Sir Francis Galton - 100 years on

Author: Graham Wheeler

Sir Francis Galton in the 1850s or 1860s.

Galton in the mid-19th century. 

Scanned from Karl Pearson's

'The Life, Letters, and Labors of Francis Galton'

and available via Wiki Commons 

Monday 17th January 2011 marked the 100th anniversary of the death of Sir Francis Galton FRS (Fellow of the Royal Society). A man who was undoubtedly one of the most prominent scientific figures of his time, his work across a plethora of fields – including anthropology, dermatoglyphics, geography, meteorology, psychometrics and statistics – has shaped and influenced much subsequent research via the provision of novel theoretical and practical tools.

For most, Galton is probably characterized by one, if not both of these descriptions: 1) a forefather of eugenics (he invented the term in 1883), and 2) the half-cousin of Charles Darwin. Despite his somewhat controversial theories and publications on the subject of eugenics and his familial connection to the pioneer of modern evolution theory, his most astounding and relevant work receives much less attention from the wider world. Especially in the field of statistics, Galton has provided much more than one may think.

Galton’s explorations in the fields of heredity and ancestry led him to writing about “regression toward the mean” - the statistical phenomenon that if an initial measurement of some variable is an extreme value, then a second measurement will on average be closer to the true mean. Galton first uncovered this concept when looking at the size of sweet peas and the seeds produced, later extrapolating to heights of persons and the deviations from the heights of that person’s parents [1]. Although Galton slightly misunderstood regression toward the mean (he failed to acknowledge random variations in height, and proposed that the heights of more distant ancestors had a role to play), he certainly helped shed some light on the matter and this helped pave the way for other exciting research.

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Extract of Galton’s work on sweet pea size and size of seeds produced. Image from

Galton studied the Normal distribution during the 1870s and 1880s, and subsequently invented the Quincunx, or Galton Board to demonstrate the Central Limit Theorem – that the average of a large collection of independent measurements of some variable (e.g. height, weight) will be Normally distributed (for an illustration of this, watch the following video). He has also been credited with the “discovery” of the standard deviation, which enabled him to understand the variability of numerous characteristics within a population.

Perhaps his greatest statistical legacy was far more indirect, via the supervision of a doctoral student at University College London called Karl Pearson. Galton’s initial work on correlation was adapted by Pearson, yielding the commonly used Pearson’s Correlation Coefficient. Pearson was Galton’s protégé and together they collaborated with Walter Weldon to establish Biometrika, a leading scientific journal on biometrics and the analysis of biological phenomenon using statistics.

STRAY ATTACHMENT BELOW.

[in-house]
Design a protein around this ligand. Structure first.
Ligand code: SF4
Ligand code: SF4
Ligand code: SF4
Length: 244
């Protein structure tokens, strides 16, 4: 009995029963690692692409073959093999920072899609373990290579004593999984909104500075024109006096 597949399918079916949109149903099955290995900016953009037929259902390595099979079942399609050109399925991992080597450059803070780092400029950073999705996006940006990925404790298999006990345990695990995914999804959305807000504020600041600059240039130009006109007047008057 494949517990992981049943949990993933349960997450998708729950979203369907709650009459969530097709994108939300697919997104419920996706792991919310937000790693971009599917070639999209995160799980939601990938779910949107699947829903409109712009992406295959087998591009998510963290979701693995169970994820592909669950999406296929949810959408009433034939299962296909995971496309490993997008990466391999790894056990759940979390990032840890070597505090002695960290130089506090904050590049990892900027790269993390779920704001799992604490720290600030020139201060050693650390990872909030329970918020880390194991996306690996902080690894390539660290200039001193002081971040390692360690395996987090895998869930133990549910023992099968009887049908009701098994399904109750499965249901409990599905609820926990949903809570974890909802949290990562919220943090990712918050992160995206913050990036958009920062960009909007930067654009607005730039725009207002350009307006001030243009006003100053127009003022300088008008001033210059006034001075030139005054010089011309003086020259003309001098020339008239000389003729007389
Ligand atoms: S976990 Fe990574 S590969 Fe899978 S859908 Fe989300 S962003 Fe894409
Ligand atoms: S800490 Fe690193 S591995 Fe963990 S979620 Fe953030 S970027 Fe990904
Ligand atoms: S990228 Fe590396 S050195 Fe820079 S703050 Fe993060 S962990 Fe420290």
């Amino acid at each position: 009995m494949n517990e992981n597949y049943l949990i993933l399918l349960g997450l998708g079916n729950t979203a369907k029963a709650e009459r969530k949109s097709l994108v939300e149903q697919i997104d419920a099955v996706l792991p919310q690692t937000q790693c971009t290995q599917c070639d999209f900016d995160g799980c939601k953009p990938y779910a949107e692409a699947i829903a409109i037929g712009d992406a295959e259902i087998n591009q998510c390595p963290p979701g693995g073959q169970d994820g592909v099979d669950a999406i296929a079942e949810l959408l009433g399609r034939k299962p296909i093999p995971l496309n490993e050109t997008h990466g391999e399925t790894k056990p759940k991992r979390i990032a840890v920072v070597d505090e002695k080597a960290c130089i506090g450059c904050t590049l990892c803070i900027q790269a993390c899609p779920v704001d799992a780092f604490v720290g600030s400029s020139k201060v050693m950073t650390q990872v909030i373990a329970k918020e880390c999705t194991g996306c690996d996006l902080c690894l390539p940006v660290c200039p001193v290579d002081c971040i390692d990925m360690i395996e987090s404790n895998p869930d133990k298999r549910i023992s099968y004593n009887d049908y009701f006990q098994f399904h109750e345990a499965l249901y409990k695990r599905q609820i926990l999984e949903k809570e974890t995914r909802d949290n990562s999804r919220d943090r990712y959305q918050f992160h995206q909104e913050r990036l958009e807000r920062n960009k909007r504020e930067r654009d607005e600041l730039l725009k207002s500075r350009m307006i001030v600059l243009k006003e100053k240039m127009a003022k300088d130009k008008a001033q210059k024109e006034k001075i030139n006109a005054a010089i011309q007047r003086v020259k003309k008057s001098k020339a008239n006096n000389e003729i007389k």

Galton worked throughout his life in almost every academic discipline – and often provided fundamental contributions that are still evident today. On top of his work in statistics, he is also attributed with producing the first weather map to be published in The Times (April 1st 1875), identifying the existence of the anti-cyclone, devising a fingerprint-classification used in forensic science and even founded the field of psychometrics. A true polymath of his time, Galton’s contributions to the sciences should not be underestimated, nor overshadowed by some of their applications.

Sir Francis Galton. Born 16th February 1822. Died 17th January 1911.


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M. Eileen Magnello

   Francis Galton never held a university post and, therefore, never supervised any doctoral students at UCL. Moreover, Karl Pearson did not do a PhD in statistics at UCL, especially as UCL was not even offering any courses or degrees in mathematical statistics when he was a student.  Pearson not only created the foundations to modern mathematical statistics at UCL beginning in 1892, but he set up the first known university undergraduate degree in statistics in the world in 1917. 

By the time Weldon introduced Galton to Pearson, he had already set up the infrastructure to his statistical methodology. Additionally,  it was W.F.R. Weldon who first suggested to Pearson that they establish Biometrika in November 1899: Galton was asked later to ask in consultation on the journal, but  virtually all of the editing from 1901 to 1933 was done by Pearson.  

Finally, Pearson was not Galton’s protégé; the inpetus to  Pearson’s change of careers from an elastician to that of a mathematical statistician came  from Weldon in the early 1890s. It was Pearson’s later exploration of the mathematical properties of Galtonian correlation that  enabled him to devise a battery of correlational techniques:  Galton’s  influence does not extend any further than this.   Pearson developed a body of methods in mathematical statistics that lay outside Galton’s conceptual framework and beyond his technical scope. He was never Galton’s student and he was his intellectual heir in a limited sense only. Three men may be viewed as having inherited Galton’s statistics to a more notable extent include W F R Weldon,  Francis Ysidro Edgeworth and George Darwin.

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